Growth curve experiments were performed essentially as described previously (49). Briefly, 25,000 cells per well were plated into 12-well plates. At the times indicated above, cells were washed with phosphate-buffered saline (PBS), fixed in 10% formalin, and rinsed with distilled water. Cells were stained with 0.1% crystal violet (Sigma-Aldrich, St. Louis, MO) for 30 min, rinsed extensively, and dried. Cell-associated dye was extracted with 2.0 ml 10% acetic acid. Aliquots were diluted 1:4 with H2O and transferred to 96-well microtiter plates, and the optical density at 590 nm was determined. Values were normalized to the optical density at day 0 for the appropriate cell type. Within an experiment, each point was determined in triplicate; each growth curve was performed at least twice.
Total RNA was isolated from Pf1+/+ and Pf1−/− MEFs at passage 2 or 3 (Pf1+/+ lines 7706-5 and 7706-6 and Pf1−/− lines 7706-2 and 7706-4) using the TRIzol reagent (Thermo Fisher Scientific, Waltham, MA) according to the manufacturer's protocol. The RNA samples were examined on an Affymetrix GeneChip mouse genome 430A (version 2.0) array (Affymetrix, Santa Clara, CA). Data were analyzed using GenePattern software (50) and Database for Annotation, Visualization, and Integrated Discovery (DAVID) tools (51, 52). cDNA was synthesized using Moloney murine leukemia virus reverse transcriptase (M-MLV RT; Promega, Madison, WI), and quantitative RT-PCR analyses were performed using Maxima SYBR green–carboxy-X-rhodamine 2× quantitative PCR (qPCR) master mix (Thermo Fisher Scientific, Waltham, MA), by following optimized manufacturer protocols.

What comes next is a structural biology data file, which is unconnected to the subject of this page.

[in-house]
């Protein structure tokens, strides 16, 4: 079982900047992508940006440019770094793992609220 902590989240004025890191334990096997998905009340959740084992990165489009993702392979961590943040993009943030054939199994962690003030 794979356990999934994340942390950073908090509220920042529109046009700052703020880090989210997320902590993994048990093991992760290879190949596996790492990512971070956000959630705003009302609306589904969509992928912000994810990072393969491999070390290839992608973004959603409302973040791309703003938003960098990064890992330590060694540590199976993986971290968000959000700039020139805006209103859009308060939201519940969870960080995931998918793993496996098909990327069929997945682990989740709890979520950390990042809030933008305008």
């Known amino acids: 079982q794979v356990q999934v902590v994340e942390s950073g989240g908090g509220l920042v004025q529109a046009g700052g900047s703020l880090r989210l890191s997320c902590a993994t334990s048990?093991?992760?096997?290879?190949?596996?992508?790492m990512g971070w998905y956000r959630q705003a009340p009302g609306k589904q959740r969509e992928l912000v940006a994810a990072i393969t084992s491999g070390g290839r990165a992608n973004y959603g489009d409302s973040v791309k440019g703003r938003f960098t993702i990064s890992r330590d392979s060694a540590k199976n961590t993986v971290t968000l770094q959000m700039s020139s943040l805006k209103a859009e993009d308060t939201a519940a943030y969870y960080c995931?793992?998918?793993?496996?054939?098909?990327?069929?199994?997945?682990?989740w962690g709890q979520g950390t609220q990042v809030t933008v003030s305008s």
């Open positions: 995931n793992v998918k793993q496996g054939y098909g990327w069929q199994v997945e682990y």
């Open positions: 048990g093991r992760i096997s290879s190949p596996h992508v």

Subconfluent cultures were labeled for 2 h with 30 μM BrdU (Amersham). Cells were detached with trypsin, fixed in 4% paraformaldehyde, treated with 4 N HCl for 10 min at room temperature and 0.1 M borate (pH 8.5) for 2 min at room temperature (with PBS washes between each step), and, finally, permeabilized with 0.1% Triton X-100–3% bovine serum albumin (BSA)–PBS-Tween 20 (PBS-T) for 5 min. After subsequent washing steps in PBS-T, the cells were then incubated with BrdU antibody (dilution, 1:100 in PBS-T) for 80 min and then with a fluorescein isothiocyanate (FITC)-conjugated secondary antibody (dilution, 1:500 in PBS-T; Calbiochem-Merck KGaA, Darmstadt, Germany). The cells were counterstained with DAPI (4′,6-diamidino-2-phenylindole) to identify all nuclei, and the percentage of BrdU-labeled cells (cells labeled with FITC and DAPI) was quantified using a fluorescence microscope. At least 200 cells were counted per sample; each experiment was performed at least three times.
Cells were washed in PBS, fixed for 3 to 5 min (room temperature) in 3% formaldehyde, washed, and incubated at 37°C with fresh X-Gal (5-bromo-4-chloro-3-indolyl-β-d-galactopyranoside) solution, consisting of 1× citric buffer (25 mM Na2HPO4, 7.4 mM citric acid, pH 6.0), 150 mM NaCl, 2 mM MgCl2, 5 mM potassium ferricyanide, 5 mM potassium ferrocyanide, and 1 mg/ml X-Gal. Cells were incubated at 37°C overnight. The percentage of SA-β-Gal-positive cells was quantified using a phase-contrast inverted microscope. At least 200 cells were counted per sample; each experiment was performed at least three times.